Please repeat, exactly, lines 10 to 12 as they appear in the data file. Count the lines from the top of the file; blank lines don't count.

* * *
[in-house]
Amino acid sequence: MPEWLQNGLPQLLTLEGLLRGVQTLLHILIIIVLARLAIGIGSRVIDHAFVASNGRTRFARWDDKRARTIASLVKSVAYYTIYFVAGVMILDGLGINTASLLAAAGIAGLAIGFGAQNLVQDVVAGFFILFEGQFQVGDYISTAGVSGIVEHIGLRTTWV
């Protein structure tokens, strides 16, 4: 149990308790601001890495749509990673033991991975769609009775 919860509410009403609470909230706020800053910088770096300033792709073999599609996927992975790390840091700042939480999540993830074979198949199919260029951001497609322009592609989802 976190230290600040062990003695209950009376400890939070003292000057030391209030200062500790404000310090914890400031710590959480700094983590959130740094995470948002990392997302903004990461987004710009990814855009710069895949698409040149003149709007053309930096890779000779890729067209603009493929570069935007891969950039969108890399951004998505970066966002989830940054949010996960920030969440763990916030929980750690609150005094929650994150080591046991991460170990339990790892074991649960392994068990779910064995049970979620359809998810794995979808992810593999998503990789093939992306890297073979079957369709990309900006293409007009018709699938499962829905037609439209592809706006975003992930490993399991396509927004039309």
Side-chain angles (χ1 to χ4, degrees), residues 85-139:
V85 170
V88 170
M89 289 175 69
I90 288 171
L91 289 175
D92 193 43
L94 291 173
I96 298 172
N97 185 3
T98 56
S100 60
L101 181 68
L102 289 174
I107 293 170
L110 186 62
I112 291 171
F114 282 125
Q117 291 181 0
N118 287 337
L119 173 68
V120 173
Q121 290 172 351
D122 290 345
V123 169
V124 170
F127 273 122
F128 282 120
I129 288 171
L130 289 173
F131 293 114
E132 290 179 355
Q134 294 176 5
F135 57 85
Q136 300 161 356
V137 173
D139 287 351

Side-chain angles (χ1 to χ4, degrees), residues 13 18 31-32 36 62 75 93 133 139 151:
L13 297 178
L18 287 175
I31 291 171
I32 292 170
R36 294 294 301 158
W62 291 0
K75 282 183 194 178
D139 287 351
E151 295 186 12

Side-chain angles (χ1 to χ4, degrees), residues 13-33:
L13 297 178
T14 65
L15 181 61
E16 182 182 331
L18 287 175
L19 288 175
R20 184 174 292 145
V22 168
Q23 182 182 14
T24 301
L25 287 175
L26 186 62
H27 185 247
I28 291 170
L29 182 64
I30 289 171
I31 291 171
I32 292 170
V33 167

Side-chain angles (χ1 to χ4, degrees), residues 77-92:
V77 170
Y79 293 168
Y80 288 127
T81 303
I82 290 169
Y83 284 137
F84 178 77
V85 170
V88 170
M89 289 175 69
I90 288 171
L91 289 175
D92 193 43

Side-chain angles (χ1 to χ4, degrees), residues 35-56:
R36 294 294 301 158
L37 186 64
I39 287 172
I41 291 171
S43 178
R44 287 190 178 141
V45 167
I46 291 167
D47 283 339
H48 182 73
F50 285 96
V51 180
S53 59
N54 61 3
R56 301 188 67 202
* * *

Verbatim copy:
D92 193 43
L94 291 173
I96 298 172